Space Place and Geographers - a workshop led by Josie

If time is the dimension in which things happen one after the other, the dimension of succession, then space is the dimension of things being and existing at the same time, of simultaneity; it is the dimension of multiplicity. Space is the dimension that presents us with the existence of the other’ Doreen Massey

This extended workshop functions in the same way as the ‘Making at a Distance’ one that we did together last term. A video presentation introduces some thinking to inform some making. I propose playing with different conceptualisations of space. I pay particular attention to the words of the late, great geographer, Doreen Massey. I want to think about taking up/entering into space(s). I want to think about how artworks might address ‘here’. Although, floating through online space, are we, and our work, both here and not here? And what does ‘place’ comprise of (now that every publicly funded art project must speak of/to it)? How does our understanding of place orientate us towards, or away from, each other?

pre-viewing material : firstly, you need to watch a video presentation here

pre-making : the presentation introduces an exercise to do over the week preceding our live zoom meeting.

The first part of this exercise requires you to make a photograph for your fellow students to work with. If you don’t have time to watch the whole video presentation yet, please watch at least the first 5 minutes asap – I explain what you need to do initially to resource the group.

Zoom meeting: Thursday 18 March, 2 - 4pm

My photograph

This is the view from my bedroom window. It holds many memories relating to the passage of time and the people that have passed through the gate in the past 27 years I have lived here in Minard. I often look at this view first thing in the morning when I open the curtains to another day. Sometimes I sit on the windowsill and visualise the people that were once part of my life and are no longer with me. The view, in some respect, remains the same, yet, is ever changing - along with my own being.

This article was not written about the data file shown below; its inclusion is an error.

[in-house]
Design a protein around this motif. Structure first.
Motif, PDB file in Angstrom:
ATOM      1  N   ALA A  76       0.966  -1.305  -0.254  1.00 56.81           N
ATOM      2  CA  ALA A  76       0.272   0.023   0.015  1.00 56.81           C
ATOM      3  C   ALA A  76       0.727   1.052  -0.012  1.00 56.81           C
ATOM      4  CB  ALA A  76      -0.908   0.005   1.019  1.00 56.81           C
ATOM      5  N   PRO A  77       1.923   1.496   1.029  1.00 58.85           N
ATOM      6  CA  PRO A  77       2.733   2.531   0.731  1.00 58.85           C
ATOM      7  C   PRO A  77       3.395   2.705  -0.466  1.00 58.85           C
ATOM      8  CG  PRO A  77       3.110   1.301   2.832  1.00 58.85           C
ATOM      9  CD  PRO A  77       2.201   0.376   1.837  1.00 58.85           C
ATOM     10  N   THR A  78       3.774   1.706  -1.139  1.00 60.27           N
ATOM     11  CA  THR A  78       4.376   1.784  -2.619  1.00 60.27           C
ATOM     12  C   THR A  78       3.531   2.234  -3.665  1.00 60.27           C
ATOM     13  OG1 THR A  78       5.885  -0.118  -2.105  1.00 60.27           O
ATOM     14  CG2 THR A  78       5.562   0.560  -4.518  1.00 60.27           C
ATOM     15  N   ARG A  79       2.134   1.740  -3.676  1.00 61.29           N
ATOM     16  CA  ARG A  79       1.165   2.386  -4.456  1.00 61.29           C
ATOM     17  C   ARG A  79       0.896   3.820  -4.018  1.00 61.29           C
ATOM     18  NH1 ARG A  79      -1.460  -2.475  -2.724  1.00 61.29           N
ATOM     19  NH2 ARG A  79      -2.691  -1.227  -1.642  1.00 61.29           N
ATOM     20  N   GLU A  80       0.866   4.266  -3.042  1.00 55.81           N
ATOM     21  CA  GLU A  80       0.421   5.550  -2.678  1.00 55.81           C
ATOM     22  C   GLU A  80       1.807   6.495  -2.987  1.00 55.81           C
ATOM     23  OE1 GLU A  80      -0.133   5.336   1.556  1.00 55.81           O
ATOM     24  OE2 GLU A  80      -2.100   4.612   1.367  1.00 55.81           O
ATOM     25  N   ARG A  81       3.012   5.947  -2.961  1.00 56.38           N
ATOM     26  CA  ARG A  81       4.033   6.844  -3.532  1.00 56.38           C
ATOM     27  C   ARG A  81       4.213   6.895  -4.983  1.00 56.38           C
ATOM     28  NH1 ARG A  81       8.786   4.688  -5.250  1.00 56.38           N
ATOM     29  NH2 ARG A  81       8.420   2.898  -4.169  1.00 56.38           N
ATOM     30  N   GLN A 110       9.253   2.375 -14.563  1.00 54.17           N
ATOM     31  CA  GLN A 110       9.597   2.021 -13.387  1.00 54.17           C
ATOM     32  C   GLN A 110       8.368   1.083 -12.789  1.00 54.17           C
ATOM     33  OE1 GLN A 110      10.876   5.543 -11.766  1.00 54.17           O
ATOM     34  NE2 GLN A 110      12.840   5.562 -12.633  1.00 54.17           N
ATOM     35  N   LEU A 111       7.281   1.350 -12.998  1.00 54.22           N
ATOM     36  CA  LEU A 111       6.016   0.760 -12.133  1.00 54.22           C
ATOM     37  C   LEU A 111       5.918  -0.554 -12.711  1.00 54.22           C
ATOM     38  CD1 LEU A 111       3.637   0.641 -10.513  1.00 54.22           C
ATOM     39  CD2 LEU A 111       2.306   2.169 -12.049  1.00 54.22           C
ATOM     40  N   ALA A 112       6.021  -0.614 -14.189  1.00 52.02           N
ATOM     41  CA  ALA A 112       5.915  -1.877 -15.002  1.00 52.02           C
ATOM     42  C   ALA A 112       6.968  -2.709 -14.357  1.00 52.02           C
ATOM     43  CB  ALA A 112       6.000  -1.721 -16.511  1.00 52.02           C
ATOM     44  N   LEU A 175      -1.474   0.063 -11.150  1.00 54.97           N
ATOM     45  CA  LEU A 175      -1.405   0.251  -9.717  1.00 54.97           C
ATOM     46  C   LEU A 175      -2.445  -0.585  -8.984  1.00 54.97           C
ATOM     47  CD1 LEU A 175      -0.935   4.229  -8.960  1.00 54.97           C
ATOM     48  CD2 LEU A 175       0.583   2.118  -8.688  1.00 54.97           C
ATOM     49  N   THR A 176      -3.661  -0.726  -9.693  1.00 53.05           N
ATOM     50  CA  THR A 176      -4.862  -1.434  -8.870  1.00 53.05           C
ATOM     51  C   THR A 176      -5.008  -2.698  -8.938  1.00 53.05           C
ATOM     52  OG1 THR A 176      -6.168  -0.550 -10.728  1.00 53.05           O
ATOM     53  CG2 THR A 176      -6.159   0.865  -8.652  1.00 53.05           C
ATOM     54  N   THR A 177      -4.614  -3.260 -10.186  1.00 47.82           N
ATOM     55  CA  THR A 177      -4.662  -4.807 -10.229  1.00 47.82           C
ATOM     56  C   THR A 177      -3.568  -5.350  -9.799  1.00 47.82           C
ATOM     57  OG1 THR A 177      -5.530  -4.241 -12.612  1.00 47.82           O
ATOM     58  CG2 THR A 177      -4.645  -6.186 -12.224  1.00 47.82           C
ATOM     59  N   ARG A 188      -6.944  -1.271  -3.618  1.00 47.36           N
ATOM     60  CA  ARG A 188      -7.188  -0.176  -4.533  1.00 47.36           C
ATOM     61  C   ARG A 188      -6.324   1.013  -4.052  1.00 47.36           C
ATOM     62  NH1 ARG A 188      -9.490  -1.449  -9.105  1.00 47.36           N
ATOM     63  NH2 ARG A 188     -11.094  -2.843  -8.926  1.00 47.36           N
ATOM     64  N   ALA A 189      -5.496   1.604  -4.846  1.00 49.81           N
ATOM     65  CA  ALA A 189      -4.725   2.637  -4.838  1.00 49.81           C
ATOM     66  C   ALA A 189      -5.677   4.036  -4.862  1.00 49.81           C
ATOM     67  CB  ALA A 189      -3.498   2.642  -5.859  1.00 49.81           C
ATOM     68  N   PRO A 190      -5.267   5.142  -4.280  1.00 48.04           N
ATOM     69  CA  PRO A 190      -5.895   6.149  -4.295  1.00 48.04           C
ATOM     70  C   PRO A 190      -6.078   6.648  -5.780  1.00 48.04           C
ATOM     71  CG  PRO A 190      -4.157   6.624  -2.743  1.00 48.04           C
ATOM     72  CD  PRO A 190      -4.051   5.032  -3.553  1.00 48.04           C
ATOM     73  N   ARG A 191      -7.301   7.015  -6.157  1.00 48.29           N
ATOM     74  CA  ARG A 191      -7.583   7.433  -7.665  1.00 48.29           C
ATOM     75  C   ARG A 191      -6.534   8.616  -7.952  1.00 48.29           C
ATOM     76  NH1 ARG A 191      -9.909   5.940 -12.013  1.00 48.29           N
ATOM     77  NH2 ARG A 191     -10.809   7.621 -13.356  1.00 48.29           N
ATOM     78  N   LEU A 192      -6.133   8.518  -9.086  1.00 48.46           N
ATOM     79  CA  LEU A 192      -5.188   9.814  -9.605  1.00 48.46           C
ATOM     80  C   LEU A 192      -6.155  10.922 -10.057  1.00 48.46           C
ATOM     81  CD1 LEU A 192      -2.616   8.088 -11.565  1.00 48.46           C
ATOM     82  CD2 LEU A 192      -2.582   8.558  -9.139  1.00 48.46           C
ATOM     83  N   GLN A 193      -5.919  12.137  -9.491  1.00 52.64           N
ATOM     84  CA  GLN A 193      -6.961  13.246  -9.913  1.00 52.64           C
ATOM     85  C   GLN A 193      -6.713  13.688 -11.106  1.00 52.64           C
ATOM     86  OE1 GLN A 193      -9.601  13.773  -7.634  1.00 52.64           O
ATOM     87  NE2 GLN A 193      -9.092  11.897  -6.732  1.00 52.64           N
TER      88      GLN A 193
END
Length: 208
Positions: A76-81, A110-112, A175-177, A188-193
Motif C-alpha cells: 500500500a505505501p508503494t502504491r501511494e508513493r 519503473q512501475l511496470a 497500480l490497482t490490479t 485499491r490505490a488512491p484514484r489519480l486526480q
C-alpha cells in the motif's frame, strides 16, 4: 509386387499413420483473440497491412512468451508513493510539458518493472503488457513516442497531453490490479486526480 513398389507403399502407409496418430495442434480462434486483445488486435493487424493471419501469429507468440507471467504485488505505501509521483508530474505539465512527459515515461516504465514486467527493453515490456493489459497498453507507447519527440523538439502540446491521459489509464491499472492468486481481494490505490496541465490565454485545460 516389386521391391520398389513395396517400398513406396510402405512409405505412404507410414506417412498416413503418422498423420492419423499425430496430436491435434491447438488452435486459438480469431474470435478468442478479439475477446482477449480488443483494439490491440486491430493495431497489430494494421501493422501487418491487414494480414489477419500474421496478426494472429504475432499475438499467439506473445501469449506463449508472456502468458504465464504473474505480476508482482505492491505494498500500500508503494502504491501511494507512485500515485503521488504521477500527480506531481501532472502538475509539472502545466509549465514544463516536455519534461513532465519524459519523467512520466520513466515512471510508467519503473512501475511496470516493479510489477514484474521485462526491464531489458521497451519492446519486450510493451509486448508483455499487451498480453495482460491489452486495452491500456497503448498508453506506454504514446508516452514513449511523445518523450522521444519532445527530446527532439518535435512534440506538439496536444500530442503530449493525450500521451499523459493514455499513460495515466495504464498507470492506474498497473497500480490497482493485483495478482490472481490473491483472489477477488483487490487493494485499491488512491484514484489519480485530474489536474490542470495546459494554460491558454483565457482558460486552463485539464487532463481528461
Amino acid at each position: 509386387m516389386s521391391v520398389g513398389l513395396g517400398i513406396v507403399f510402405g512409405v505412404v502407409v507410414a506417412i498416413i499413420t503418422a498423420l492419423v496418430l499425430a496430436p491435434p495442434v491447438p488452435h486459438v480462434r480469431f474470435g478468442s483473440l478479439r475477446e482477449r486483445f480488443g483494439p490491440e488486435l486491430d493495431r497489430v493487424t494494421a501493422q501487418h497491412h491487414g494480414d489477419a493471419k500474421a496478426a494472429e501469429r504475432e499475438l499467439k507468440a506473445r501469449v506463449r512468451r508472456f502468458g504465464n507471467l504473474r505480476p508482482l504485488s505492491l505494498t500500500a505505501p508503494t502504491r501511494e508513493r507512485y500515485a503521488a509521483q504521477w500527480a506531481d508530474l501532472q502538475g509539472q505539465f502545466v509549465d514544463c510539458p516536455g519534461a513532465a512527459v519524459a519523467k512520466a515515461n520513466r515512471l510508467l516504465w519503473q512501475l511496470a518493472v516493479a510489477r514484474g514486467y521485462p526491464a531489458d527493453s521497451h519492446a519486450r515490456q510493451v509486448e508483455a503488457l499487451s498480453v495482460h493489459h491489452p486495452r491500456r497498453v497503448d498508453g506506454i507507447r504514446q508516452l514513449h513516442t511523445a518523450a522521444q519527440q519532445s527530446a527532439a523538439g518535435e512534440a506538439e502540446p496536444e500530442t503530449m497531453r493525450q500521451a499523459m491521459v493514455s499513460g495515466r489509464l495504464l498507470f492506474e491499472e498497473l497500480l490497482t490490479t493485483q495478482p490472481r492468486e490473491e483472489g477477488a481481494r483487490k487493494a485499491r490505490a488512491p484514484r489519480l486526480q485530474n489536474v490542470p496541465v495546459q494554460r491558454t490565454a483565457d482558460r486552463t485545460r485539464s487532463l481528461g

My chosen photograph by Mark Flores

I chose this picture by Mark for its obvious contrasted with my own picture.


Looking at the two photographs I was taken by the shape of the interrupted skyline, with very different skies, and the obvious contrast of the views below the skyline. I considered working with the images digitally but I have spent so much time on computers at present that I decided to print the pictures and engage with a more organic approach. I have recently been working in this way with combining two images and decided to explore using a similar approach.

When I cut the photographs in to long pointed pieces, with the intention of knitting them together, I noticed a reference to the hands on the compass. This opened a conversation about distance and direction of the two contrasting pictures. I began looking at the distance from my picture's location to mark's. I know that Mark's picture was taken in Plymouth, the place of my birth and a part of my history, but I don't have the exact location.

When I stood in the place, in my bedroom, where I took the photograph, I thought about the location and how I might document it. I then remembered 'what3words' (a proprietarygeocode system that is designed to identify any location with a resolution of about 3 metres). I and returned to the location to get the three word position.


This is the 'what3words' location of the gate in the image.


The gate seen in the original photograph and its 'what3words' location.


I would like obtain the 'what3words' for the position of mark when taking his photograph.

Combining the two photos began to exaggerate the contrast between the contrasting environments.

Working with the fragments of the photographs I noticed the reference to the hands of a clock, as well as the compass, giving an indication of time and distance.

This image was an attempt at creating another landscape by infusing and arranging the two images.

This is the final image with a bit of digital assistance.

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Derek Dickinson